9 Things Couples DON’T Want To Be Judged For

By Rachana C

Judgemental people are everywhere. They don’t spare anyone. However, their hot favorite topics, most of the time, always have something to do with couples. After years of falling prey to the sarcasm, finally, couples are speaking out. Here are those 9 things couples DON’T want to be judged for anymore.

1. For Calling Each Other By Their Nicknames

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It is quite natural for an on-looker to assume couples calling each other “baby” and “honey” as outright PDA. However, calling each other with cuddly cute names satisfies their basic emotional needs. It is more hormonal than you thought it was. One of the other reasons couples baby talk or have nicknames is that the bond between couples causes the release of those hormones that give them the sensation that babies have when their mothers cuddle them. They kind of relive their childhood mama-baby relationship, talking strictly in terms of biochemical changes taking place in the body. Anyway, how is their name calling anybody’s business?

2. For Being A Mixed Couple

2. For Being A Mixed Couple

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People bump into mixed couples and say random things like, “Is it any different in bed for the two of you?” and “How do you think your babies will turn out to be?” If you haven’t made peace with the concept of an interracial relationship, don’t call yourself an advanced being. How is somebody else’s prowess in the bed of any interest to anyone? Unless it is to cook up some juicy notions for your sport. Anyway, it is high time mixed couples are spared those oh-my-god looks and what-the-hell comments.

3. For Embarking On A Live-In Relationship

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Again, if you think you are advanced and progressive, considering live-in relationships a taboo doesn’t go with the theme. Plus, how is living with a COMPLETE stranger not a taboo, but getting to know your spouse before the proverbial nuptial knots is one? The world, I am sure, has come at least this far where it is okay to share a bedroom before deciding to grow old together. However, if you think marrying utter strangers and adjusting with their shortcomings all your life to the extent where you can’t even stand each other is more ethical, then it is not you who is to be blamed for judging a couple’s lifestyle choices. It is the conditioning and the society as a whole that is to be blamed. But then, you can still keep it to yourself if the idea of a live-in makes you go eww.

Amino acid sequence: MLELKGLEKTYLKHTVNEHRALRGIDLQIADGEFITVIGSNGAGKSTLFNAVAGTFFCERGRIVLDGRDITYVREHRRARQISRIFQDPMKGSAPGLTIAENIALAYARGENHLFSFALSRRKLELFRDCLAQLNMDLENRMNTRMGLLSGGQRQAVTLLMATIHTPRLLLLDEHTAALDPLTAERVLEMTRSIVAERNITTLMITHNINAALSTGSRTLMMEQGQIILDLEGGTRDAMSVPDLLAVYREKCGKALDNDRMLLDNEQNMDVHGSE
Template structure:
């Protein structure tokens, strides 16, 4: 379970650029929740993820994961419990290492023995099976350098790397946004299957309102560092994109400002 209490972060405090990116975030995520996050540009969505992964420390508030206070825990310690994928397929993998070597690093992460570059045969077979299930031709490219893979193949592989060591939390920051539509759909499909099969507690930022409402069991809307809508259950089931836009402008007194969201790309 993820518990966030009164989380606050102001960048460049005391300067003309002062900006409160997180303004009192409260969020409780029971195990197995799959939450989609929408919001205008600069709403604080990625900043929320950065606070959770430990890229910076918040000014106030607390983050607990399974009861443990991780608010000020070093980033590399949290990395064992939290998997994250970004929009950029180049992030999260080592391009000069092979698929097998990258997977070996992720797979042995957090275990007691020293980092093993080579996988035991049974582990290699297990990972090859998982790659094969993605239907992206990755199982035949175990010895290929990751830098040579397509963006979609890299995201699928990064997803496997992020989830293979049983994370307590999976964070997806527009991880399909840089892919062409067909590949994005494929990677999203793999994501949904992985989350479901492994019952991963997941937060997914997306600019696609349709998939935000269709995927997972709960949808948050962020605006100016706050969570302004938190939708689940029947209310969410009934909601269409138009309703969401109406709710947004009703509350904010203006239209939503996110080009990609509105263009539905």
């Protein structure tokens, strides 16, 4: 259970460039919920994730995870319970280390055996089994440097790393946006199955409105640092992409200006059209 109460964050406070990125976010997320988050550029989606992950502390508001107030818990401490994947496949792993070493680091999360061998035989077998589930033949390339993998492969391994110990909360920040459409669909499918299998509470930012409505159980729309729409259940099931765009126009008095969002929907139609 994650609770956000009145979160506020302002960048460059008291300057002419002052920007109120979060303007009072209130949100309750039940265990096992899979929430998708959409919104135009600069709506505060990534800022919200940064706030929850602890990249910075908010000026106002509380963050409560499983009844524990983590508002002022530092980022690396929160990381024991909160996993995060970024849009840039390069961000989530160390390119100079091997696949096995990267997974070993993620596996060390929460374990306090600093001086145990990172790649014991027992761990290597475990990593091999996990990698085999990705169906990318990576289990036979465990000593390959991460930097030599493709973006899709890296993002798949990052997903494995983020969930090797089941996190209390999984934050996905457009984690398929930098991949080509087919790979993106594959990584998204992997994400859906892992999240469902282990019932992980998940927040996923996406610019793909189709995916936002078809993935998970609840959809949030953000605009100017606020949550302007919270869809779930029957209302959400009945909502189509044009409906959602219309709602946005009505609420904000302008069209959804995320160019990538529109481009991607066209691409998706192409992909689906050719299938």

4. For Checking In To A Hotel Together

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Why does your imagination have to go that wild? Sometimes it is unnecessary. They are a couple, and they want a room – it is as simple as it sounds. Couples have to go through those endless questions shot by the management of hotels to just check-in to a room. Again, the minimum you can do to respect the couple’s integrity and to save them the embarrassment is by not asking them proof of the relationship they share. Not all relationships come with certificates. What is even more startling is the fact that hotels in India have these clauses in print that unmarried couples (boys and girls precisely) cannot book a room. This is not only ridiculous but also proves how, in the name of culture, some people in this country cross the line of being baselessly stereotypical and conventional.

5. For Having Past Relationships